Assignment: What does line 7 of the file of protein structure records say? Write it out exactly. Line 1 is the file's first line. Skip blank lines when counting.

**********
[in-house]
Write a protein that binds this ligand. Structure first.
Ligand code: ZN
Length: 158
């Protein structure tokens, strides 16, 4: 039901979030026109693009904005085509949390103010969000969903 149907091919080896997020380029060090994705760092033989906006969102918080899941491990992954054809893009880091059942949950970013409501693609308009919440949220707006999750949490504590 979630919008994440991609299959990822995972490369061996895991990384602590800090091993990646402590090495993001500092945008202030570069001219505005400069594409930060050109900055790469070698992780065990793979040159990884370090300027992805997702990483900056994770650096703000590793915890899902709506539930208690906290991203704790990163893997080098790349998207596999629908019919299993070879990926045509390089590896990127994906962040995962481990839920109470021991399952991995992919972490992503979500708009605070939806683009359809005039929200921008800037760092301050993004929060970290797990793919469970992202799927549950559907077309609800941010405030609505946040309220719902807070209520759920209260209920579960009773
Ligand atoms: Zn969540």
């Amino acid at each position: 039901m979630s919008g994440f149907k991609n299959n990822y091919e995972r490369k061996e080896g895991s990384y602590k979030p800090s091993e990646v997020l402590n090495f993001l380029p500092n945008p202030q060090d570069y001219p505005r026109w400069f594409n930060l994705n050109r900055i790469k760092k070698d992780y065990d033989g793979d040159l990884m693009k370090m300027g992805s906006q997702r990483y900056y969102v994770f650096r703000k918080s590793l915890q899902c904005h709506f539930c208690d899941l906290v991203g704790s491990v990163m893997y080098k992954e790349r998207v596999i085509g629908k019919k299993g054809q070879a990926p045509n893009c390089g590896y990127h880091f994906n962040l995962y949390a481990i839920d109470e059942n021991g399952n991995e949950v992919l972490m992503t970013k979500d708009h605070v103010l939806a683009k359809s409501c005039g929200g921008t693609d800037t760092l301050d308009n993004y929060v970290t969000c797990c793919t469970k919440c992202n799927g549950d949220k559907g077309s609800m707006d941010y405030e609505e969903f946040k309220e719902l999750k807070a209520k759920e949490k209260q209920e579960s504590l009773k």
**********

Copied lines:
């Amino acid at each position: 039901m979630s919008g994440f149907k991609n299959n990822y091919e995972r490369k061996e080896g895991s990384y602590k979030p800090s091993e990646v997020l402590n090495f993001l380029p500092n945008p202030q060090d570069y001219p505005r026109w400069f594409n930060l994705n050109r900055i790469k760092k070698d992780y065990d033989g793979d040159l990884m693009k370090m300027g992805s906006q997702r990483y900056y969102v994770f650096r703000k918080s590793l915890q899902c904005h709506f539930c208690d899941l906290v991203g704790s491990v990163m893997y080098k992954e790349r998207v596999i085509g629908k019919k299993g054809q070879a990926p045509n893009c390089g590896y990127h880091f994906n962040l995962y949390a481990i839920d109470e059942n021991g399952n991995e949950v992919l972490m992503t970013k979500d708009h605070v103010l939806a683009k359809s409501c005039g929200g921008t693609d800037t760092l301050d308009n993004y929060v970290t969000c797990c793919t469970k919440c992202n799927g549950d949220k559907g077309s609800m707006d941010y405030e609505e969903f946040k309220e719902l999750k807070a209520k759920e949490k209260q209920e579960s504590l009773k």